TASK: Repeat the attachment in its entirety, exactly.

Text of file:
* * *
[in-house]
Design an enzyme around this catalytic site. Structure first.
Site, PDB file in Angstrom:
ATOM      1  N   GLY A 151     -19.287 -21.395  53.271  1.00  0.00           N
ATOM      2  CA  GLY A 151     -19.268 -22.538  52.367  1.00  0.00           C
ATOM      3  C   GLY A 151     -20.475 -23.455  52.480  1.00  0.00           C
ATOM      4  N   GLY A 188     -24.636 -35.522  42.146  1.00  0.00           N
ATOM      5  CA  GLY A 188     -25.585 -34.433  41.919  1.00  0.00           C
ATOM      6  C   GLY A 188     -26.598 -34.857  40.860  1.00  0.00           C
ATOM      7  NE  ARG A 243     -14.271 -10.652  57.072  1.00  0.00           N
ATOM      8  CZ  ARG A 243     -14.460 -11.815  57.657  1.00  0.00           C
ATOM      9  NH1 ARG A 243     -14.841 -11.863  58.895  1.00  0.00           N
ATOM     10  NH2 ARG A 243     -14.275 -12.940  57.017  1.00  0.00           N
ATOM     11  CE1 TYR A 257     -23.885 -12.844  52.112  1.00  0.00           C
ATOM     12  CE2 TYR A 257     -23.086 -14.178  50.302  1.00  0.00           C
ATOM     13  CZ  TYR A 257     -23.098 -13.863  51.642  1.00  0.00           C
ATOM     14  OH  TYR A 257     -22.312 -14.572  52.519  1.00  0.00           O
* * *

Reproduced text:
[in-house]
Design an enzyme around this catalytic site. Structure first.
Site, PDB file in Angstrom:
ATOM      1  N   GLY A 151     -19.287 -21.395  53.271  1.00  0.00           N
ATOM      2  CA  GLY A 151     -19.268 -22.538  52.367  1.00  0.00           C
ATOM      3  C   GLY A 151     -20.475 -23.455  52.480  1.00  0.00           C
ATOM      4  N   GLY A 188     -24.636 -35.522  42.146  1.00  0.00           N
ATOM      5  CA  GLY A 188     -25.585 -34.433  41.919  1.00  0.00           C
ATOM      6  C   GLY A 188     -26.598 -34.857  40.860  1.00  0.00           C
ATOM      7  NE  ARG A 243     -14.271 -10.652  57.072  1.00  0.00           N
ATOM      8  CZ  ARG A 243     -14.460 -11.815  57.657  1.00  0.00           C
ATOM      9  NH1 ARG A 243     -14.841 -11.863  58.895  1.00  0.00           N
ATOM     10  NH2 ARG A 243     -14.275 -12.940  57.017  1.00  0.00           N
ATOM     11  CE1 TYR A 257     -23.885 -12.844  52.112  1.00  0.00           C
ATOM     12  CE2 TYR A 257     -23.086 -14.178  50.302  1.00  0.00           C
ATOM     13  CZ  TYR A 257     -23.098 -13.863  51.642  1.00  0.00           C
ATOM     14  OH  TYR A 257     -22.312 -14.572  52.519  1.00  0.00           O